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In our last post, we covered creative ways to find your CTO right here in Vancity. Locating CTO potentials, however, is only the first step. How can you find the right CTO to add to your team?
CTOs are essential additions to startups. Their tech backgrounds complement the business acumen of non-technical founders to elevate the whole start-up.
In a general sense, non-technical founders generate the ideas and set the stage for their vision. The CTO develops and sets the parameters to which their vision is further and tangibly realized.
Finding and onboarding the right CTO to help steer your startup in the best direction is no easy feat. It’s especially tricky if you have little to no technical background.
So what are good guidelines for finding the best CTO possible?
We’ve put together this resource to show you the qualities you should look for in a CTO, where to find one, and finally, how to pitch your idea to your potential partner.
We’ll start with the qualities you should look for in a CTO.
Qualities to Look for in a CTO
Join Forces with a Biz-Tech Extraordinaire
It may be a surprise to hear, but typical developers don’t make the best CTOs. The CTO role is a tall order that goes beyond the scope of merely developing and delivering a SaaS product. It requires taking on hiring, task scheduling, and the soft skills required to manage and resolve internal issues effectively.
In an ideal situation, you would onboard a tech-savvy businessman. He or she would be an amalgamation of a developer (first and foremost) with a good background in project management or a transferrable equivalent. Your CTO should be able to strategize the next move as well as optimize the technology and rollout of the startup’s vision.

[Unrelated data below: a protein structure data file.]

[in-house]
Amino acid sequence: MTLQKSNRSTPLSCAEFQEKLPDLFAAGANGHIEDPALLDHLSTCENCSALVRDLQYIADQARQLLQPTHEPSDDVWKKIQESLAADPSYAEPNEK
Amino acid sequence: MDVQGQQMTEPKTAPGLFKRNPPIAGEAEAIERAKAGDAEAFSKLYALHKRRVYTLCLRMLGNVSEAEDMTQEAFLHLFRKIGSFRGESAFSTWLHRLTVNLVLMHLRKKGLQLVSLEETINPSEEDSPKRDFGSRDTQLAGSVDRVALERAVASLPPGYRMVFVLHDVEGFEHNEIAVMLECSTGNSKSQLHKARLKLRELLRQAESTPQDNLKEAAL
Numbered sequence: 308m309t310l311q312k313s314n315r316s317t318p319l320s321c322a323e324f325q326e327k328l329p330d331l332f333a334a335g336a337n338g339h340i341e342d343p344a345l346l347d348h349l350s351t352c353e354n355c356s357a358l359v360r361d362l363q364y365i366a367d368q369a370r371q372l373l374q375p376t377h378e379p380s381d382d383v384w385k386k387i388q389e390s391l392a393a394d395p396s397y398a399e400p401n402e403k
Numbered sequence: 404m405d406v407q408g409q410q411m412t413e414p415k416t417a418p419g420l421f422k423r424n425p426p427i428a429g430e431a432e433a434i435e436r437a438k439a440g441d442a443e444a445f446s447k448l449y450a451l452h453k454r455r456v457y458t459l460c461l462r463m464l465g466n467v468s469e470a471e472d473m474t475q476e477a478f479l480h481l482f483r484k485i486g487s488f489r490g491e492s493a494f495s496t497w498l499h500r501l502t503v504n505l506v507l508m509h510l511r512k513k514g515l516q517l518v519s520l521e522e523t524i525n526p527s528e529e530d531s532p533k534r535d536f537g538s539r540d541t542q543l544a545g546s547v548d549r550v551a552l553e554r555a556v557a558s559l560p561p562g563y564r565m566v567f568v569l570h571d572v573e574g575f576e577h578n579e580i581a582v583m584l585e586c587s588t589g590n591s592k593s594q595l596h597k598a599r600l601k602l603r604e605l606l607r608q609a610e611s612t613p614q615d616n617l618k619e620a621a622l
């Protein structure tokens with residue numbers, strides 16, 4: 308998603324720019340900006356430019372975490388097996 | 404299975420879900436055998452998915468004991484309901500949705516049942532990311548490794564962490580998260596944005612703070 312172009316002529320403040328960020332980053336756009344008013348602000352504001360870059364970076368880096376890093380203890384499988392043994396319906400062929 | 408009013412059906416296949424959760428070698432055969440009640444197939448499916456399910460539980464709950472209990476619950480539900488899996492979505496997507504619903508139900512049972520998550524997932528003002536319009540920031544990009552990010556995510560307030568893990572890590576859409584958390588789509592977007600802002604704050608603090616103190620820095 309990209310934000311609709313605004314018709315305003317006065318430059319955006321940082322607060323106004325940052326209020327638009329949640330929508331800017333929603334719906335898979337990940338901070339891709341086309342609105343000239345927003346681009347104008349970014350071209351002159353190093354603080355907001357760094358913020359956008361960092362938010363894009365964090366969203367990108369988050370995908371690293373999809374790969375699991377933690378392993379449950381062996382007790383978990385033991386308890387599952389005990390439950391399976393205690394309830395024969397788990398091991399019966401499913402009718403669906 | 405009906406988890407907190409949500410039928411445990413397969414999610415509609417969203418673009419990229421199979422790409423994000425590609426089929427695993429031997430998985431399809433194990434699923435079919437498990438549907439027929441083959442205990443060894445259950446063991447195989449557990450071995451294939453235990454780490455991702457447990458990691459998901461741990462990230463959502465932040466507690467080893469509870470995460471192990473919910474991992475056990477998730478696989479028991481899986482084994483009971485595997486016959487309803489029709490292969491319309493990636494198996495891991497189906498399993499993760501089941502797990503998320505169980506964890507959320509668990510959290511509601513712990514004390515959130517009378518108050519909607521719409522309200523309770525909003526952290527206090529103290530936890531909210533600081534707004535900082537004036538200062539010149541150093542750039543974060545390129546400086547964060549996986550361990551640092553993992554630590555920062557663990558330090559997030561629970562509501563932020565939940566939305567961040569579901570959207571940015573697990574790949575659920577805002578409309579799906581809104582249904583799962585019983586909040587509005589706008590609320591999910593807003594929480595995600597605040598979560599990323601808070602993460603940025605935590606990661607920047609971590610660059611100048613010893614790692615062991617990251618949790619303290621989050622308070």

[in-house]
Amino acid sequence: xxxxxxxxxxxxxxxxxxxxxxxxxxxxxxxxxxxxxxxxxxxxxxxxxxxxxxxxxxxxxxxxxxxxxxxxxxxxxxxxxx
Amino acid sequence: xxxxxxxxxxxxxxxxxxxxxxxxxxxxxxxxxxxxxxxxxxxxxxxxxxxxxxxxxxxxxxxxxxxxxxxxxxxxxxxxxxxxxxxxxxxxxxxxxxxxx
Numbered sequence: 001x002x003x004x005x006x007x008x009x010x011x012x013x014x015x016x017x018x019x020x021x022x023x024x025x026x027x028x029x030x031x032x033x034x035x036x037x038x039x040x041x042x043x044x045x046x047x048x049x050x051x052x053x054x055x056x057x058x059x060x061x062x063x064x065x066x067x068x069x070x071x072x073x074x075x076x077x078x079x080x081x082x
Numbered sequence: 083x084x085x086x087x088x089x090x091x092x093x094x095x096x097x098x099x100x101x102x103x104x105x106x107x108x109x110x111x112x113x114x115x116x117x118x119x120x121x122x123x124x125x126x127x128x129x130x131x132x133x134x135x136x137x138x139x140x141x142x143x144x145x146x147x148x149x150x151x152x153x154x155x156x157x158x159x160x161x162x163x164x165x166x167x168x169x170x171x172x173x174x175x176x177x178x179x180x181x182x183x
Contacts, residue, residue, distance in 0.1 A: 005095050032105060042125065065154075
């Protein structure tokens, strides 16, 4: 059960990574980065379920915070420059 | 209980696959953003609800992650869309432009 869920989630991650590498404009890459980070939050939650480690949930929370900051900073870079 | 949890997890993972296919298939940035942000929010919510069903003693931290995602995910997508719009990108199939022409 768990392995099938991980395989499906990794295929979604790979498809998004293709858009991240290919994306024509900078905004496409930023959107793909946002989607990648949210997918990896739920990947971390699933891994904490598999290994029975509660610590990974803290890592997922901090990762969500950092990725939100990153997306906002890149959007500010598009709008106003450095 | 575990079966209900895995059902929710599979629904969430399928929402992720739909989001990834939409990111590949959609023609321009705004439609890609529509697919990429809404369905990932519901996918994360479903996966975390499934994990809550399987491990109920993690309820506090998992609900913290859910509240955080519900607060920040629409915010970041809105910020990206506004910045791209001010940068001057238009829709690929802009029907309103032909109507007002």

Your CTO Must be Committed to Your Startup
A jack-of-all-trades CTO juggling two startups while working for you will have a difficult time optimizing your technical team and your app’s rollout. You don’t want a CTO that will stretch him or herself thin with managing multiple projects at once.
Their level of commitment should determine the level of equity they hold in your startup. A CTO with only one project – your startup – will be more invested in its success.
Find a CTO Who Can Match Your Hard Work
CTO duties include assisting you in differentiating your app, managing your tech team, executing your app’s prototype (just in time for pitching to that angel investor!), rolling your app out to beta users, and much more.
CTOs have large shoes to fill, and this requires a level of dedication, passion, and grit that only those who share in your vision can manage.
Now that you know the qualities you’re looking for, it’s time to learn about how you can find your CTO online.
How to Virtually Find Your CTO
Outside of local entrepreneurship communities, biz-tech meetups and events, here are ways to find your CTO virtually.
Founder Dating Sites
Here is a list of founder matchmaking sites that more or less do the same in brokering connections between co-founders:
- Linkedin – It’s an obvious place to find your CTO, but you still need to use it effectively to achieve your goal. Upgrade your plan to use Linkedin’s sales navigator feature and filter for the qualities you’re looking for (e.g. freelance project manager and developer in data solutions).
- Facebook – Here is a great list of Facebook groups where you can find your potential CTO.